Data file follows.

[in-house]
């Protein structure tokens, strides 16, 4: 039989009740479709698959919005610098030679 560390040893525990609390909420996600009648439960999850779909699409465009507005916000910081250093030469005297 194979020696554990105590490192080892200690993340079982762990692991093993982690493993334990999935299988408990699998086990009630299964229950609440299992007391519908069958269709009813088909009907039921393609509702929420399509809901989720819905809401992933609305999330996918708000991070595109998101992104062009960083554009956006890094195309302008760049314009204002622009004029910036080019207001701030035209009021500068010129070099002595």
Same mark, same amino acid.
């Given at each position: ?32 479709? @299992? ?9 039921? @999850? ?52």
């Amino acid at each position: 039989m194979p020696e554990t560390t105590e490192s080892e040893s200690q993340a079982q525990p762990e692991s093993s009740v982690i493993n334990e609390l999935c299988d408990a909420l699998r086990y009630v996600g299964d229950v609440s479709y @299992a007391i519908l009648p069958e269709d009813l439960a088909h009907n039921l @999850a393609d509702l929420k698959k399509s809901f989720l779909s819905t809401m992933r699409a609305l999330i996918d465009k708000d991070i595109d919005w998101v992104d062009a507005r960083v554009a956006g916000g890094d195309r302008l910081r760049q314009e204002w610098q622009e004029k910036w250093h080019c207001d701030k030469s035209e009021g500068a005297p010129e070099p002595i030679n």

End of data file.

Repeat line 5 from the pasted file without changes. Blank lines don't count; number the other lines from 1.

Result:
């Amino acid at each position: 039989m194979p020696e554990t560390t105590e490192s080892e040893s200690q993340a079982q525990p762990e692991s093993s009740v982690i493993n334990e609390l999935c299988d408990a909420l699998r086990y009630v996600g299964d229950v609440s479709y @299992a007391i519908l009648p069958e269709d009813l439960a088909h009907n039921l @999850a393609d509702l929420k698959k399509s809901f989720l779909s819905t809401m992933r699409a609305l999330i996918d465009k708000d991070i595109d919005w998101v992104d062009a507005r960083v554009a956006g916000g890094d195309r302008l910081r760049q314009e204002w610098q622009e004029k910036w250093h080019c207001d701030k030469s035209e009021g500068a005297p010129e070099p002595i030679n």